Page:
Green vehicles on our roads
Oil from well to tank
- PETROL AND DIESEL ARE COOKING THE PLANET
- TRAFFIC ON OUR ROADS IS KILLING PEOPLE
- ELECTRIC VEHICLES MUST BE PART OF A CLEAN ELECTRICITY SUPPLY
- WALKING AND CYCLING IS BEST WHERE POSSIBLE
Haringey Council’s proposed action are in the ‘pink stripes’ below.
Oil – From Well to Tank. Fully Charged and Gas Troll circulated this video in Feb 2021, that is summarised in the picture above. It explains simply and graphically how the dirty emissions due to oil add up compared with (clean) electric. And Researchgate in Aug 2018 also detailed carbon emissions at each stage from well to tank. 1.getting a barrel of oil to the refinery, 2.refining oil, 3.transporting the stuff to a gas pump, 4.driving
The cabinet member in Haringey responsible for strategic transport and liveable neighbourhoods is Cllr Matt White at firstname.lastname@example.org
For reducing transport carbon is Cllr Kirsten Hearn at email@example.com; for parking, the street scene and the public realm is Cllr Seema Chandwani at firstname.lastname@example.org; for public health is Cllr Sarah James at email@example.com. The council department for Smarter Travel is at firstname.lastname@example.org and department for Pollution is email@example.com.
Governments across the world should collaborate on the fastest move from internal combustion engines to electric vehicles, with low carbon lifecycles and on fairtrade standards for materials. The UK could show leadership in negotiations leading up to COP26 in Glasgow in Nov 2021.
Meanwhile Governments merely reduce emissions slowly slowly.
Cars and Vans
medium electric car 53g/Km
medium petrol 192g/Km
medium diesel 172g/km ,
average van 167g/Km*
For those that can afford to pay more for their motoring offsetting could consist of:
- paying more for an electric car
- increase in renewables by installing solar panels
- or by investing in renewable schemes
- or by switching to genuinely 100% renewables electricity.
The National Grid Future Energy Scenario 2020 says that “It’s estimated there will be over 11 million electric vehicles on British roads by 2030 (and over 30m by 2040) in the most stretching net zero scenarios.”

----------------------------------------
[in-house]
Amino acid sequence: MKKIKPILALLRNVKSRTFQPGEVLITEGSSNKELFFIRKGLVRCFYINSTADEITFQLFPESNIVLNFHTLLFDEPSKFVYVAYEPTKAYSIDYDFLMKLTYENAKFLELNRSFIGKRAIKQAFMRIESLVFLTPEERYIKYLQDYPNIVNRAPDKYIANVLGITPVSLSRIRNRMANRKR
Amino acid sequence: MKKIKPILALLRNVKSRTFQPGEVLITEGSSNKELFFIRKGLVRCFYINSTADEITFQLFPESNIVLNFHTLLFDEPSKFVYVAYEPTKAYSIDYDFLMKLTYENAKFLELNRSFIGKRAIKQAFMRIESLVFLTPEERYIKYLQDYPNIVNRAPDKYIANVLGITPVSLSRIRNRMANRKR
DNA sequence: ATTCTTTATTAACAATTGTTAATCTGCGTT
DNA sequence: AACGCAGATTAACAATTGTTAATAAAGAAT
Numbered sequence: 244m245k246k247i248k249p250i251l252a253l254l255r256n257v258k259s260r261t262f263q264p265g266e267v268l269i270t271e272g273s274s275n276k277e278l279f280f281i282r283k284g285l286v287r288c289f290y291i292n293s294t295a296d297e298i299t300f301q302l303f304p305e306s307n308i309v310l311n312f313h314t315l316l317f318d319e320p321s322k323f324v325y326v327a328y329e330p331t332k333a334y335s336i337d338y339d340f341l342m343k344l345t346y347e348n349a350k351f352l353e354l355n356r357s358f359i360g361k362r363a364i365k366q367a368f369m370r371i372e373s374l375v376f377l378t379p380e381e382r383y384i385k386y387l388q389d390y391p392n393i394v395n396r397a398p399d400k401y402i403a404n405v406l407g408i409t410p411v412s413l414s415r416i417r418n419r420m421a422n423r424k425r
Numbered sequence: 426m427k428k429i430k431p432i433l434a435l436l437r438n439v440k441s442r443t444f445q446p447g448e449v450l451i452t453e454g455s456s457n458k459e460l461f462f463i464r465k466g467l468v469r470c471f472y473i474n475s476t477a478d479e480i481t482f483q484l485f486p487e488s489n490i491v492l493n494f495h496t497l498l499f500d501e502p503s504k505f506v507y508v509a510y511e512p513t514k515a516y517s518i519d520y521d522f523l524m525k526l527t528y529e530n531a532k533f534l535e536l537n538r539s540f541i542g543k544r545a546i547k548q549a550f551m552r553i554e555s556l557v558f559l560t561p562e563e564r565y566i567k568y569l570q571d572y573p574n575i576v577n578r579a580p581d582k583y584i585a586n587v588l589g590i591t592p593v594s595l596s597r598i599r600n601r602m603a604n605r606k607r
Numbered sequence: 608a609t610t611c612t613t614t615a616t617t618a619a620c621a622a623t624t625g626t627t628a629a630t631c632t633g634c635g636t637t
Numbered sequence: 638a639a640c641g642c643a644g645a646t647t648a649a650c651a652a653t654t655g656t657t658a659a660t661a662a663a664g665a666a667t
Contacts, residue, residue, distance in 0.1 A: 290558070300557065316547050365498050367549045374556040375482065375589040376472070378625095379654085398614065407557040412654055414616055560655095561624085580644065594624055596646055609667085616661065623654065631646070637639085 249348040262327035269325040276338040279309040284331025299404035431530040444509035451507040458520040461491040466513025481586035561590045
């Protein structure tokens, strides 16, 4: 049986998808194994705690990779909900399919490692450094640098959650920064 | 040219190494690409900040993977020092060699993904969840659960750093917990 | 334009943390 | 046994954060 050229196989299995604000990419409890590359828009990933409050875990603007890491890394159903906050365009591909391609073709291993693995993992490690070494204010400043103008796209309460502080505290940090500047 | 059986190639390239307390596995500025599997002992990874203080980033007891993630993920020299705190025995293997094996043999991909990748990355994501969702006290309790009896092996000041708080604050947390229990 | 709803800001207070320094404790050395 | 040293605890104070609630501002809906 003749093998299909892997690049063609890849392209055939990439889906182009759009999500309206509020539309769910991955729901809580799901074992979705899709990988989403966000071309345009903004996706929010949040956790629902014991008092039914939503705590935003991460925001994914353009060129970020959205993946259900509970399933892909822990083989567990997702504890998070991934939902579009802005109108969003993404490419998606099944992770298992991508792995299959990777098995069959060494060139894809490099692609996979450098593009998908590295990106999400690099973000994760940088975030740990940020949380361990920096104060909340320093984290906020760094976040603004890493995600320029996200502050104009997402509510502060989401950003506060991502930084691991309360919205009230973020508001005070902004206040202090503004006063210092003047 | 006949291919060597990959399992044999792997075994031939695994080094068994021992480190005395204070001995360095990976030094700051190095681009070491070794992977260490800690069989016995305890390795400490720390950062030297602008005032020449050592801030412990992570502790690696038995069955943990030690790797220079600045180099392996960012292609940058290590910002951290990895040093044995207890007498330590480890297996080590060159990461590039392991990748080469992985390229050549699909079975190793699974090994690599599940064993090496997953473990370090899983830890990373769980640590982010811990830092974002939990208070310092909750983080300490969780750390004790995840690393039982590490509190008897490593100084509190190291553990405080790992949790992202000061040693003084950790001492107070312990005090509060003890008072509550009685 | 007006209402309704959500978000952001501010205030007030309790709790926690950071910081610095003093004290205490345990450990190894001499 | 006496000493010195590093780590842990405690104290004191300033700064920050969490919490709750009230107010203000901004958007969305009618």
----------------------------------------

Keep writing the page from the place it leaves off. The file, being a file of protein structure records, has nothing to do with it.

For the UK, the Committee on Climate Change says here that the “DfT has signalled its intention to retain emissions standards that are at least as ambitious as those in the EU” and those EU regulations for CO2 emissions per km for new cars are for:
- 2021 – 95gCO2/km
- 2025 – 15% less
- 2030 – 37.5% less and new petrol and diesel cars will no longer be allowed
And for new vans (Average van emissions in 2018 were 167gCO2/km) CO2 emissions per km for ‘a fleet average’ to be:
- 2021 – 147gCO2/km
- 2025 – 15% less
- 2020 – 31% less
The CCC’s Sector Surface Transport report says that “Relative to the baseline, our scenarios assume that there is potential for a 1-4% reduction in total car mileage by 2030, and between 4% and 12% by 2050.” This assumes that “5-7% of car journeys could be shifted to walking and cycling (including e-bikes) by 2030, rising to 9-14% by 2050.”
And Page 34 “Average car-kilometres decrease by 6% by 2030, and this demand reduction increases gradually to 17% by 2050. Demand reduction for vans is lower, reaching 3% from 2030 onwards. Improved speed limit enforcement gives efficiency savings of 2% from 2025.”
Thinking about a next car/van?
UK Policies that Slow/Speed the Transition
London Tackling Dirty Road Transport
Average Bus Journeys: 105g/Km
So travelling by bus causes much lower emissions than driving. However the figure of 105g/Km would have been based on older buses that were fuelled by diesel and caused high levels of air pollution all along their routes. As evidence of causing air pollution, the Evening Standard reported that during 2016, when Transport for London introduced 70% of electric or greener buses along Oxford St NO2 reduced by 30%.
Transport for London (TfL), funded through the GLA, determines the network of services which are provided, under contracts for specific routes, by private sector operators.” The Department for Transport explains here that “Buses in London, unlike the rest of England, are franchised.”
TfL has a list of the many operators who run buses in London.
Trucks and Heavy Goods Vehicles
Emission standards for trucks (lorries) and buses are defined by engine energy output output in g/kWh, unlike the emission standards of g/km for passenger cars and light commercial vehicles.
Moving to electric trucks might have a higher upfront cost but would state the sustainability credentials of the company